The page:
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Submission + - Papers, Please: A game about bureaucracy, border control, and terrorism

zokuga writes: In this "Dystopian Document Thriller", you play an immigration inspector overseeing the newly-opened of the fictional communist nation of Arstotzka ("Glory to Arstotzka!"). The game, which is currently in downloadable beta, is both a clever commentary on the politics of national security and soul-crushing bureaucracy while, at the same time, being fun to play as a game, even though your work is almost entirely focused around shuffling papers, consulting the rule book, inspecting visas, and the occasional strip search. "Papers, Please!" is on Steam Greenlight and can be downloaded from the developer's page. The trailer for the game is a work of art in itself.

Submission + - Google Babble is Now BABEL

An anonymous reader writes: iOS, Android, Chrome, Gmail and G+ to get linked. There have been plenty of whispers about a unified, single messaging service from Google. Purportedly, this revolutionary service would only be available across Google’s own Chrome OS and Android platform. It is speculated that this service would be known as Google Babble and would look to integrate talk, voice, and the G+ Messenger in a single chat solution across various platforms. However, laying rest to speculations, credible sources report that this messenger service will now be known as BABEL.

Submission + - Harvard/MIT Student Creates GPU Database, Hacker-Style

IamIanB writes: Harvard Middle Eastern Studies student Todd Mostak's first tangle with big data didn't go well; trying to process and map 40 million geolocated tweets from the Arab Spring uprising took days. So while taking a database course across town at MIT, he developed a massively parallel database that uses GeForce Titan GPUs to do the data processing. The system sees 70x performance increases over CPU-based systems, and can out crunch a 1000 node MapReduce cluster, in some cases. All for around $5,000 worth of hardware.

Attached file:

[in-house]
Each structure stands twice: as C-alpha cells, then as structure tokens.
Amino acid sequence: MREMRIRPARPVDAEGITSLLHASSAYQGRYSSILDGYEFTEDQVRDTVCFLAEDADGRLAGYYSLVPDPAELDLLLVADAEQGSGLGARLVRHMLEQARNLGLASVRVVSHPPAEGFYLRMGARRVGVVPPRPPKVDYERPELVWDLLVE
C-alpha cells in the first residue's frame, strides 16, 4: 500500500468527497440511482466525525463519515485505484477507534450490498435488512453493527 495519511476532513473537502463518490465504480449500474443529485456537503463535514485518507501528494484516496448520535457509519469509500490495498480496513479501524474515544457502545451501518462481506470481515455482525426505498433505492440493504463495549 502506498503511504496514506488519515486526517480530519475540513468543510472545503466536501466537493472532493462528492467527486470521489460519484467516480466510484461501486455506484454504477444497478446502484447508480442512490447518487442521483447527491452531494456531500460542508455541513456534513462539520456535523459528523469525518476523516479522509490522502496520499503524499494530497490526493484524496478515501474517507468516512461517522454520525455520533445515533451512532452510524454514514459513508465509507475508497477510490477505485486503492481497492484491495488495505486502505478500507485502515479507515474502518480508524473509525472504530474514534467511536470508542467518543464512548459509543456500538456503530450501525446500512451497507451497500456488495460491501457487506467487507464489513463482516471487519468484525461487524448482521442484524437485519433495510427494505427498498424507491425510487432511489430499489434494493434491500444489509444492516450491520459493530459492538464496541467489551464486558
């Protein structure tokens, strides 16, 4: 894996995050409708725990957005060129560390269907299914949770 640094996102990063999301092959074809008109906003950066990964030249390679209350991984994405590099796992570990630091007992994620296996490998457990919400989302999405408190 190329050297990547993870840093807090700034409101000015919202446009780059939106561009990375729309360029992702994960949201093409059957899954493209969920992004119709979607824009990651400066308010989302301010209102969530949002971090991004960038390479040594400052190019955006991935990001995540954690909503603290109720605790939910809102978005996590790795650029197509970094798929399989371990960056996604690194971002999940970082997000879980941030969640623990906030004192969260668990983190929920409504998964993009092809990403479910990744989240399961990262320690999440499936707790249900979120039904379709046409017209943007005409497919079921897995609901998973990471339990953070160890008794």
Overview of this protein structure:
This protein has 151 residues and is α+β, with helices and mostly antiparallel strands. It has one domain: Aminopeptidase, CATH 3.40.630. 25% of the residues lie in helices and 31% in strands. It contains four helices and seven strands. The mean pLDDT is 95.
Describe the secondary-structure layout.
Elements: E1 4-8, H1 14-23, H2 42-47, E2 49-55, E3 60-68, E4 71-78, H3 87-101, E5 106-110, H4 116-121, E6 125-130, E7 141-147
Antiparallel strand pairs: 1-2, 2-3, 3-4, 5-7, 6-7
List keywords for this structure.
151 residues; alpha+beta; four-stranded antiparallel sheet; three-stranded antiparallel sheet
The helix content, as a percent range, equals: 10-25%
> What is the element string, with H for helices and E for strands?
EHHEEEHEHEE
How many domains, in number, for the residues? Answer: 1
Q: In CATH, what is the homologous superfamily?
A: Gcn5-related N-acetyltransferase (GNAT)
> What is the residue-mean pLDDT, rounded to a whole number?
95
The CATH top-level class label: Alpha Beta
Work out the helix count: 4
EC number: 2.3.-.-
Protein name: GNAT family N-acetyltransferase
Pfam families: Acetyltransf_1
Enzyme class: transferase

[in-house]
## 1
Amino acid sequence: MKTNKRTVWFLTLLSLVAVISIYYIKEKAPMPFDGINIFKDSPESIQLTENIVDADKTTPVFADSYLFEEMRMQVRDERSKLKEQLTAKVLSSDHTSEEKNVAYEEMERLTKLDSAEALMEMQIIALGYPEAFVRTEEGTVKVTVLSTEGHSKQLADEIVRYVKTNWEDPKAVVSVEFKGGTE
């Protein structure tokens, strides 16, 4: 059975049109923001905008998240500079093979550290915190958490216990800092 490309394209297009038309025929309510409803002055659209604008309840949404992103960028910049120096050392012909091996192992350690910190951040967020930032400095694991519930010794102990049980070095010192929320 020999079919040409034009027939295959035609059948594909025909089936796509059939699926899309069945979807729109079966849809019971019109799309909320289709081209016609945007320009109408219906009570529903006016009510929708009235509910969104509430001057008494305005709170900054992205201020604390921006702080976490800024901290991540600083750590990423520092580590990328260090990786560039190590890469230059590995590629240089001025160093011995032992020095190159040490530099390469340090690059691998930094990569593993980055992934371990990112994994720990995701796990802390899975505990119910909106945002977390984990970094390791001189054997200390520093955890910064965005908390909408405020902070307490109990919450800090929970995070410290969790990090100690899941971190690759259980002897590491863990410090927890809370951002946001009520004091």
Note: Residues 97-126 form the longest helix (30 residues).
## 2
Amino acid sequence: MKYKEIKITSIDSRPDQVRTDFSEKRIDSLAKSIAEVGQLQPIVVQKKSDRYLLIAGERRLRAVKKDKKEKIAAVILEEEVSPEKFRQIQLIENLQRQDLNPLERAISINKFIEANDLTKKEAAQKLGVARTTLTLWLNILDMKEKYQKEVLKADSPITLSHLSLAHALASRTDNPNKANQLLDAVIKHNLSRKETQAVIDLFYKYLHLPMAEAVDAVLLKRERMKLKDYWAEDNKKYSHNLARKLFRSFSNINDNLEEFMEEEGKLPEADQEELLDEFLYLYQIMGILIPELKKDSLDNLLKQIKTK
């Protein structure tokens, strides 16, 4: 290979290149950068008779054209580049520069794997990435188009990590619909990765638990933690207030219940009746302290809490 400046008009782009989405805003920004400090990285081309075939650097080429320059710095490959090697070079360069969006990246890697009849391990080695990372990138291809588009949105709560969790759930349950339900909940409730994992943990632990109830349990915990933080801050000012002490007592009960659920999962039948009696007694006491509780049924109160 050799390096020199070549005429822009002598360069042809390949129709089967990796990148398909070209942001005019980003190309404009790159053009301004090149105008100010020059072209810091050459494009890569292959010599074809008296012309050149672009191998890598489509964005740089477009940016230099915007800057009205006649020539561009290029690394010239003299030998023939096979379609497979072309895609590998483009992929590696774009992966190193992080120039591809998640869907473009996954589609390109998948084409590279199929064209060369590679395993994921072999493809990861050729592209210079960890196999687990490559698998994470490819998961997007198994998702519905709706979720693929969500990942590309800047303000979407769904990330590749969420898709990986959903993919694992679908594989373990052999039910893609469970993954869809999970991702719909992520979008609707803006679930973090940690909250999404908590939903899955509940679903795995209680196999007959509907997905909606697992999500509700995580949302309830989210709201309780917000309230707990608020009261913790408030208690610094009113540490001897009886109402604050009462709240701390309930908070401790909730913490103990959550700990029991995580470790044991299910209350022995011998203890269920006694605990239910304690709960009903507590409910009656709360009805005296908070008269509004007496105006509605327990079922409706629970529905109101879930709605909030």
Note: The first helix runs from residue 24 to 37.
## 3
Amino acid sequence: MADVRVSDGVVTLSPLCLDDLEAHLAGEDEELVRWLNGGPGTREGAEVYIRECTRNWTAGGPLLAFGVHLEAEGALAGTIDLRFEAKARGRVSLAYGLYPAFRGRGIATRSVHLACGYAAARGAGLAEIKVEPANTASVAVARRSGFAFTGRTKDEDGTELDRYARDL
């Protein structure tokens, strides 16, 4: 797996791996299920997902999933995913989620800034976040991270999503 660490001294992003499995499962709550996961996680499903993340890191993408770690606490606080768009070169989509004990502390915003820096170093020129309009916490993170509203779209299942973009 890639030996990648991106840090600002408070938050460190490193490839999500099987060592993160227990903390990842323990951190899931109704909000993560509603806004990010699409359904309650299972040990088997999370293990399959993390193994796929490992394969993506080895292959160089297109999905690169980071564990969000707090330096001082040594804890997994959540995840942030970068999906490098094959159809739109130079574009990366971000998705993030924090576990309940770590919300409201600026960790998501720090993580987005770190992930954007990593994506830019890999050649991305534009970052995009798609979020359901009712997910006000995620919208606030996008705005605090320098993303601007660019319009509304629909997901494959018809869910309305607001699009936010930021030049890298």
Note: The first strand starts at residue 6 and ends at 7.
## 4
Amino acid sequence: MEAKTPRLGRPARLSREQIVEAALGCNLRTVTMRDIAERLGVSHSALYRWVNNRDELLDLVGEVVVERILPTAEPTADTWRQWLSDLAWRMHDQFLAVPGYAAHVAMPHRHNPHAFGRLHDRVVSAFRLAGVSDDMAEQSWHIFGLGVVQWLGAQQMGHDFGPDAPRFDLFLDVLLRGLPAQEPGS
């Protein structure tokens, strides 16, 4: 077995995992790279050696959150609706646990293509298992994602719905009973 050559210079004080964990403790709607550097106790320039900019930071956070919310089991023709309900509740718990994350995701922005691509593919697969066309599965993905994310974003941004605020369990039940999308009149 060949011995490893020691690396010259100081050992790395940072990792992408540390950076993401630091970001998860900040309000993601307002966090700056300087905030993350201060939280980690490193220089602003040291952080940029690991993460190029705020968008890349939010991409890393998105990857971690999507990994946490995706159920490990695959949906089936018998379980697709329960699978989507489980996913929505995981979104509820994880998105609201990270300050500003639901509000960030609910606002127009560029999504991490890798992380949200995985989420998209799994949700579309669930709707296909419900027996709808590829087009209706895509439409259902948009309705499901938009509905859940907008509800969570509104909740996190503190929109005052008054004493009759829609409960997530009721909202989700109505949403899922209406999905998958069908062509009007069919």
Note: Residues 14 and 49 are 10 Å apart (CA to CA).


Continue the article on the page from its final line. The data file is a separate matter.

Mostak plans to release the system under an open source license; you can play with a data set of 125 million tweets hosted at Harvard's WorldMap and see the millisecond response time.

Submission + - Linode hacked, CCs and passwords leaked 6

An anonymous reader writes: On Friday Linode announced a precautionary password reset due to an attack despite claiming that they were not compromised. The attacker has claimed otherwise, claiming to have obtained card numbers and password hashes. Password hashes, source code fragments and directory listings have been released as proof. Linode has yet to comment on or deny these claims.

Submission + - First usage of "computer" in New York Times (danwin.com)

zokuga writes: "Using the New York Times archive search, which goes back to 1851, the first time the word "computer" appears in a headline is in 1892, for a job posting, "A COMPUTER WANTED." Charles Babbage had come up with the idea of the difference engine decades ago, but "computer" was still used to refer to humans who performed the unskilled labor of calculating tabular data."

Submission + - Facebook's Graph Search Is a Privacy Test For Internet Users (nytimes.com)